As for the bullpen, what Game 5 confirmed is that Joe Maddon's circle of trust isn't very large these days, with righties Pedro Strop and Hector Rondon taking a backseat to young Carl Edwards. Aroldis Chapman was brilliant in throwing 42 pitches for a career-high 2 2/3 innings en route to the save. He's presumably available tonight, and while he is on something of a mini-roll after a rocky start to his October, with 6 2/3 straight scoreless innings on just one hit and all three inherited baserunners stranded, it remains to be seen whether Maddon will be as aggressive with him on Tuesday night.

Josh Tomlin, who is working on three days of rest, came into the postseason with red flags concerning his home run and strikeout rates (1.9 and 6.1 per nine, respectively). So far, however, he's kept every ball in the yard, boosting his ground-ball-to-fly-ball ratio from 1.24 during the regular season to 3.0 in the postseason, and he's struck out more (6.5 per nine). He has a 1.76 postseason ERA in 15 1/3 innings, including 4 2/3 in Game 3, when he allowed just two hits, both singles.

Underlying Tomlin's transformation has been an increased use of his curveball, and reduced use of his cutter amid a dramatically reworked arsenal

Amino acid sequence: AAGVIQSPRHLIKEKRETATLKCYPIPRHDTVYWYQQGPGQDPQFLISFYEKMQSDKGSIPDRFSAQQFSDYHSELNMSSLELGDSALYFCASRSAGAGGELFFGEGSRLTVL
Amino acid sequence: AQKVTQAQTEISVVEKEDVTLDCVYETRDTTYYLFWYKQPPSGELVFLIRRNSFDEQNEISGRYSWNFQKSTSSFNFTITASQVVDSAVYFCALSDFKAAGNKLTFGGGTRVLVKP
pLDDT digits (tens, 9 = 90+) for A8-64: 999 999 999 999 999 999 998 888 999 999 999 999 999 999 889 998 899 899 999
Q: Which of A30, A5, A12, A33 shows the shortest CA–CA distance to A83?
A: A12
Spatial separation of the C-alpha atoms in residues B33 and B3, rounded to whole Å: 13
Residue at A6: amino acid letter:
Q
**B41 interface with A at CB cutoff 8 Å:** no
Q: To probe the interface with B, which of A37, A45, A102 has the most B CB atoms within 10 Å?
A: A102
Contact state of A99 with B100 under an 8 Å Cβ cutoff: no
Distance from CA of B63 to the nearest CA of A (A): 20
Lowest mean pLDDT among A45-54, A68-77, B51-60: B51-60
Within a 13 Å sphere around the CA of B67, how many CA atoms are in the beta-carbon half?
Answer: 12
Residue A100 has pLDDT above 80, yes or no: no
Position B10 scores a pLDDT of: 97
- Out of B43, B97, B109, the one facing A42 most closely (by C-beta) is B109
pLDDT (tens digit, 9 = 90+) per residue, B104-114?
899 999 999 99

year fourseam sinker cutter curve changeup
Regular 30 7 41 15 7
Postseason 17 22 21 35 4

During the regular season, batters beat Tomlin's cutter like a rented mule, hitting .319 with a .556 slugging percentage against it, accounting for 20 of the 36 homers he allowed; for righties, the numbers were .349 and .563. He's spotted it more effectively during the postseason, and hitters have batted just .188/.250 against it. His curve, always a weapon against lefties (.136/.273 during the regular season) but a liability against righties (.346/.558), has become an effective weapon against both (.143/.143), though it's worth noting that amounts to just 14 balls in play. Welcome to Small Sample Theater.

As with his previous outings, expect Tomlin to make an early departure from Tuesday night’s game, ideally with Andrew Miller following. Miller, who threw 27 pitches in Game 4 and allowed his first postseason run in 25 1/3 innings, didn't pitch in Game 5; he should presumably be available for at least two innings if needed. He's now carrying an 0.53 ERA in postseason 17 innings, with 29 strikeouts from among the 62 batters he's faced (47%). Cody Allen, who threw 1 2/3 innings and 36 pitches in Game 4, should be available for more than an inning as well; he hasn't been scored upon in 11 2/3 innings thus far and has whiffed 22 of the 49 batters he's faced (45%).

Additional good news for Cleveland comes in the form of Bryan Shaw's mini-rebound. He's turned in three scoreless innings over his past two turns without walking a batter after allowing five runs and one inherited runner to score in his first eight appearance totaling five innings.